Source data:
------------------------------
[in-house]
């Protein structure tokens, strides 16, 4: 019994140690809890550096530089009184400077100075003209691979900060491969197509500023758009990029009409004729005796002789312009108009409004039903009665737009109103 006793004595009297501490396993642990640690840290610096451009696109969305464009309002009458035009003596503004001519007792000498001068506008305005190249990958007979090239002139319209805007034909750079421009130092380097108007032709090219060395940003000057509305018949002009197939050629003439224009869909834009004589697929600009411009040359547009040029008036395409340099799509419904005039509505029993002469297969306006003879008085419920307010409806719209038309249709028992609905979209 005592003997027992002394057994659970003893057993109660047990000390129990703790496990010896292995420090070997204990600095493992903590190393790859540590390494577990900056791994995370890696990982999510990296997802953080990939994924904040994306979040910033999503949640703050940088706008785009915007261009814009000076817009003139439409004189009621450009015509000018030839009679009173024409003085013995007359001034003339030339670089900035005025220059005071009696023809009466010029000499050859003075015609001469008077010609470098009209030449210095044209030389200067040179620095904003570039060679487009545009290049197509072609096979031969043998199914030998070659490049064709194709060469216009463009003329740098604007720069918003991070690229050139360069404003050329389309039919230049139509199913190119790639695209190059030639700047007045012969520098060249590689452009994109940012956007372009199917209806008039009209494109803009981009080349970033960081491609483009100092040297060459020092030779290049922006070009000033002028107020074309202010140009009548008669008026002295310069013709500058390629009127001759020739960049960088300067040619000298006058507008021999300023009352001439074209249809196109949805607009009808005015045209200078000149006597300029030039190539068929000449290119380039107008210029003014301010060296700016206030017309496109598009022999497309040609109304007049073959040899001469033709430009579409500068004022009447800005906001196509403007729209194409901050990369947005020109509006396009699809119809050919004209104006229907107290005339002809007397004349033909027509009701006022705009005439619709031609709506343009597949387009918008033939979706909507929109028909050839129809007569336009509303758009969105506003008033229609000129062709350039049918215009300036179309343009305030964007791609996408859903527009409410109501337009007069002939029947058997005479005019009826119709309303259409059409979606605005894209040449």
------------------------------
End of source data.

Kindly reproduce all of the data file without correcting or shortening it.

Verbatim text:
[in-house]
């Protein structure tokens, strides 16, 4: 019994140690809890550096530089009184400077100075003209691979900060491969197509500023758009990029009409004729005796002789312009108009409004039903009665737009109103 006793004595009297501490396993642990640690840290610096451009696109969305464009309002009458035009003596503004001519007792000498001068506008305005190249990958007979090239002139319209805007034909750079421009130092380097108007032709090219060395940003000057509305018949002009197939050629003439224009869909834009004589697929600009411009040359547009040029008036395409340099799509419904005039509505029993002469297969306006003879008085419920307010409806719209038309249709028992609905979209 005592003997027992002394057994659970003893057993109660047990000390129990703790496990010896292995420090070997204990600095493992903590190393790859540590390494577990900056791994995370890696990982999510990296997802953080990939994924904040994306979040910033999503949640703050940088706008785009915007261009814009000076817009003139439409004189009621450009015509000018030839009679009173024409003085013995007359001034003339030339670089900035005025220059005071009696023809009466010029000499050859003075015609001469008077010609470098009209030449210095044209030389200067040179620095904003570039060679487009545009290049197509072609096979031969043998199914030998070659490049064709194709060469216009463009003329740098604007720069918003991070690229050139360069404003050329389309039919230049139509199913190119790639695209190059030639700047007045012969520098060249590689452009994109940012956007372009199917209806008039009209494109803009981009080349970033960081491609483009100092040297060459020092030779290049922006070009000033002028107020074309202010140009009548008669008026002295310069013709500058390629009127001759020739960049960088300067040619000298006058507008021999300023009352001439074209249809196109949805607009009808005015045209200078000149006597300029030039190539068929000449290119380039107008210029003014301010060296700016206030017309496109598009022999497309040609109304007049073959040899001469033709430009579409500068004022009447800005906001196509403007729209194409901050990369947005020109509006396009699809119809050919004209104006229907107290005339002809007397004349033909027509009701006022705009005439619709031609709506343009597949387009918008033939979706909507929109028909050839129809007569336009509303758009969105506003008033229609000129062709350039049918215009300036179309343009305030964007791609996408859903527009409410109501337009007069002939029947058997005479005019009826119709309303259409059409979606605005894209040449």